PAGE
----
# Is there a way to reliably test voltage of a 12V battery when it's not disconnected (i.e., partly loaded)?

I'm having an issue where a fully charged battery doesn't necessarily report the proper voltage when checked from the socket within the car, because in order to have the socket activated, the car has to be ON, which, in turn, puts non-trivial load that drops the voltage below what should be the proper voltage without the load (as the 2.1V+ per cell rating, 12.6V+ total, is the full-charge at-rest rating of the battery without any recent charging or load).

In fact, I often find that it's even a problem when trying to measure the voltage of the battery directly from the battery after opening the hood, because the car continues to consume some extra above-idle power until a certain timeout of some number of seconds and/or minutes.

Is there any reliable calculation, formula or a rule of thumb to quickly assess the charge of the battery in such conditions, without fully disconnecting the battery, nor resorting to very expensive specialised measuring tools?

• I'm thinking there must be some known estimates how much a given car is expected to consume when the key is ON, parking break is activated (i.e., all lights are off), radio and inside lights off etc.

• Likewise, there should be some tables on how much the voltage would drop in the situation as above.

• What exactly are you trying to measure? Just the battery voltage? I think your idea that when the car is on, or at a minimum is in the accessory position, the load is quite trivial. Reading the voltage directly from the battery with everything off is going to give you a very accurate reading of the battery. Unless there is a major draw (something which shouldn't be happening), you should get the voltage without issue. – Pᴀᴜʟsᴛᴇʀ2 Jan 27 '19 at 0:08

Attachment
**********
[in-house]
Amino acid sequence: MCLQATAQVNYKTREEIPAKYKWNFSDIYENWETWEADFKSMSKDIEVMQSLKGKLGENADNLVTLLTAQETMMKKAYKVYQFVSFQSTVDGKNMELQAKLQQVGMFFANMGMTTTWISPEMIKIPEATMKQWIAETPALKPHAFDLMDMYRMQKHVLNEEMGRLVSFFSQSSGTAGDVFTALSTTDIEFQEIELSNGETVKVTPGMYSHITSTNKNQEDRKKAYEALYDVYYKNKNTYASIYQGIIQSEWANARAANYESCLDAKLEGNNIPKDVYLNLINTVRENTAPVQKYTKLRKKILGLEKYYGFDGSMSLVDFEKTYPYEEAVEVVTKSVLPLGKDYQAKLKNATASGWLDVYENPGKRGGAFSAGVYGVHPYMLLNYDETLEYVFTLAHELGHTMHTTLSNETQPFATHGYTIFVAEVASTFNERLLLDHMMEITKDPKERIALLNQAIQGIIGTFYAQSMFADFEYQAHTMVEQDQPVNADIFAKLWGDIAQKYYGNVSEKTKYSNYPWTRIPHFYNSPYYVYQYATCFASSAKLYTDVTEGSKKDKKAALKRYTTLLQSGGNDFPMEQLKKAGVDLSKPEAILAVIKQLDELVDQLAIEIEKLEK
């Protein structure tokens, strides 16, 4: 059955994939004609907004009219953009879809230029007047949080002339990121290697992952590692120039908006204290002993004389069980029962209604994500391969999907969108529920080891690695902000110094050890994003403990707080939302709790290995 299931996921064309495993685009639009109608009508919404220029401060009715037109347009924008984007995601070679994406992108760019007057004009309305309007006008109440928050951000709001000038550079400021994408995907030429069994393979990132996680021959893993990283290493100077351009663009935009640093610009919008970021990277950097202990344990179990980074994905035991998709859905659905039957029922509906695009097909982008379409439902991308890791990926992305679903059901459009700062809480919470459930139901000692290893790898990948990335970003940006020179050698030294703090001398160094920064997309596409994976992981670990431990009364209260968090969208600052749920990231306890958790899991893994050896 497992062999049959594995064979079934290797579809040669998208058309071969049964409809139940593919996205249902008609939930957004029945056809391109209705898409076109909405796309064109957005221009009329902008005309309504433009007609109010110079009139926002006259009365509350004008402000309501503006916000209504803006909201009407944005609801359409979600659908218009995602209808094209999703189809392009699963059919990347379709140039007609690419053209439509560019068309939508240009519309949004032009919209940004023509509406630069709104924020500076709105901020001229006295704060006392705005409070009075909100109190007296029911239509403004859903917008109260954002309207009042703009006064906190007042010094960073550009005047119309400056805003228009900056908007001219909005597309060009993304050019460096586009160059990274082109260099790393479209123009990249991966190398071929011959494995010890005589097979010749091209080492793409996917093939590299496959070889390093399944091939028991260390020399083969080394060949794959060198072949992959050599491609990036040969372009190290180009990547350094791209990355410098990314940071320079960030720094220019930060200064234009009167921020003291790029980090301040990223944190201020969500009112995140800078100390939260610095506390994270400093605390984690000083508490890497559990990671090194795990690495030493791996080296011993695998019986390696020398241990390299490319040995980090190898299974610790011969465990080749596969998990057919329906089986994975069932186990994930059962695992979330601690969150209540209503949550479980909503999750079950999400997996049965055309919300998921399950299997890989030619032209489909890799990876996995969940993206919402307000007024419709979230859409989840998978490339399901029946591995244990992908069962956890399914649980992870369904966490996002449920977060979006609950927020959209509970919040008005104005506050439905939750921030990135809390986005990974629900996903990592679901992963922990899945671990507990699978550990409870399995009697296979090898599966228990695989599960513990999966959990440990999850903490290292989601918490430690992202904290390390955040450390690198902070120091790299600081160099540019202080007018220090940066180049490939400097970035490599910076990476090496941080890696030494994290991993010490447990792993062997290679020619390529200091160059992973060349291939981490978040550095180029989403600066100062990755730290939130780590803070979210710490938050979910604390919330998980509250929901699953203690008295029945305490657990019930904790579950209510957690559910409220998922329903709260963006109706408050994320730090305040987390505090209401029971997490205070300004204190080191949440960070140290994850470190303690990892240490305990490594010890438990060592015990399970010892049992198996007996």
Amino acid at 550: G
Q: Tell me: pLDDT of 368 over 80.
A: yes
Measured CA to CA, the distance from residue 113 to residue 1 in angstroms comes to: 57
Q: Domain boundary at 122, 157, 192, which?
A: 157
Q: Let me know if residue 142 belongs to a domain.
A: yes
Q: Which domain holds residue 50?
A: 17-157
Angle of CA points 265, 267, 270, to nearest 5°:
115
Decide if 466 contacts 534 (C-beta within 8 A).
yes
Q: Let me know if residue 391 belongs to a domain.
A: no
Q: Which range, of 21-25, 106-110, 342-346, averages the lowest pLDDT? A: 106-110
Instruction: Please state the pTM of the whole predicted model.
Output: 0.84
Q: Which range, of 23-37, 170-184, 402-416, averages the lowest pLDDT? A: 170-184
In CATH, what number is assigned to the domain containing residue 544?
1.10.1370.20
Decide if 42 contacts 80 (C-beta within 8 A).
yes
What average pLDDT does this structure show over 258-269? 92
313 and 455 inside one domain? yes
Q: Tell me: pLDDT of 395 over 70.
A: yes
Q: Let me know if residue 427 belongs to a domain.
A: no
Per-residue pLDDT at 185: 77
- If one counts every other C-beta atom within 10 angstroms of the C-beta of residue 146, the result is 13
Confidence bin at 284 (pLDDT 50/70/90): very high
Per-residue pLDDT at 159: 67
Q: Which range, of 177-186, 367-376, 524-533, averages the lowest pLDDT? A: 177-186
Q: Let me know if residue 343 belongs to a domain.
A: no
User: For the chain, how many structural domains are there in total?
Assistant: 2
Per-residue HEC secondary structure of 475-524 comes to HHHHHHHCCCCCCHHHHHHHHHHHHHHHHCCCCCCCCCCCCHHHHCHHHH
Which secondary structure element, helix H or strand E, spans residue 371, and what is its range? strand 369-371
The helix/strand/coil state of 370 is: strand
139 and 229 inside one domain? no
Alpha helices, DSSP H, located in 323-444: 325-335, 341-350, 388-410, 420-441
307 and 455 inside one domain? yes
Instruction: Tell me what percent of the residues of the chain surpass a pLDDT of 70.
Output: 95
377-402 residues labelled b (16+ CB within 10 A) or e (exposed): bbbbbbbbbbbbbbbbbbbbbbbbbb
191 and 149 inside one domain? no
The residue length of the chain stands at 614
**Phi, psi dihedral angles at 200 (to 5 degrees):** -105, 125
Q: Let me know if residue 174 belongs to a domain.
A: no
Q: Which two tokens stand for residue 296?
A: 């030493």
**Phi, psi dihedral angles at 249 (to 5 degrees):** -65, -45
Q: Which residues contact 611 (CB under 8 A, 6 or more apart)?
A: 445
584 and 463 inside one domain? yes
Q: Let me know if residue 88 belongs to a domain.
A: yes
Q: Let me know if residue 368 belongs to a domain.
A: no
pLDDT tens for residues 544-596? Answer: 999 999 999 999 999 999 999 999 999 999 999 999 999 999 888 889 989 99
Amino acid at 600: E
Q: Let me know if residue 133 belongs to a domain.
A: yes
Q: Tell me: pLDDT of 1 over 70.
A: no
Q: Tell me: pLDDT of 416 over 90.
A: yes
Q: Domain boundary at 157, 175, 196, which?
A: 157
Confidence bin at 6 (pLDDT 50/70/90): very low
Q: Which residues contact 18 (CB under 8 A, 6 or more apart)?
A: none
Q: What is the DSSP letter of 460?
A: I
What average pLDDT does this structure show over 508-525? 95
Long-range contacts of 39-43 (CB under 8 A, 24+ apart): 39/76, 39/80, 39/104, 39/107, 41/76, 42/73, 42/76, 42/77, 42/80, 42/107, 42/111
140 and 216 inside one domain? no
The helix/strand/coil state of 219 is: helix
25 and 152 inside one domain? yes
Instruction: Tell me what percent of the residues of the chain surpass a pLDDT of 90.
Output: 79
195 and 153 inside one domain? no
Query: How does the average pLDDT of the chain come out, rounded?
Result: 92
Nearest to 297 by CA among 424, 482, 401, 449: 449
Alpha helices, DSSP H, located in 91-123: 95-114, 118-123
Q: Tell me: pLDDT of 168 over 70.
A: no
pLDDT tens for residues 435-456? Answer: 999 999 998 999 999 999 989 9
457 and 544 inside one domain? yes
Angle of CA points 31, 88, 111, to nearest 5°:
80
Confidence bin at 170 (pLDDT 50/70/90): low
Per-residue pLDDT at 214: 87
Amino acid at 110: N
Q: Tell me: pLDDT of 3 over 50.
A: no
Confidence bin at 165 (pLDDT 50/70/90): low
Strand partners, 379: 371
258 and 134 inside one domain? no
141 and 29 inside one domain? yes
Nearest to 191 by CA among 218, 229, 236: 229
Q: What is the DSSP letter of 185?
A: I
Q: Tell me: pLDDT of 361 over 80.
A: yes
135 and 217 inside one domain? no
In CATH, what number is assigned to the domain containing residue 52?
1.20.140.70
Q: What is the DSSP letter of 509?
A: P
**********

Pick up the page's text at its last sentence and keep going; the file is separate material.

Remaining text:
• If this is a "big" problem, your battery is on the point of failing through high internal resistance anyway. Professional battery testers (that cost \$100 or more) intentionally put a high load on the battery, to measure what it does in a realistic working situation. – alephzero Jan 27 '19 at 1:16
• I think you might find this page helpful – Carguy Jan 27 '19 at 8:59
• I had many customers in the past, thanks to H**nes Manuals and people trying to do stuff over the weekend... lots of Monday work :) But seriously, link only answers are not acceptable, as the links suffer link-rot - you need to flesh the answer out some... – Solar Mike Jan 27 '19 at 15:04
• @Pᴀᴜʟsᴛᴇʀ2, I'm just trying to understand the math behind the whole thing. When I test the battery the next day after driving, it never reads more than something like 12.4V from within the socket within the car, even when it's supposed to be fully charged. – cnst Jan 27 '19 at 16:38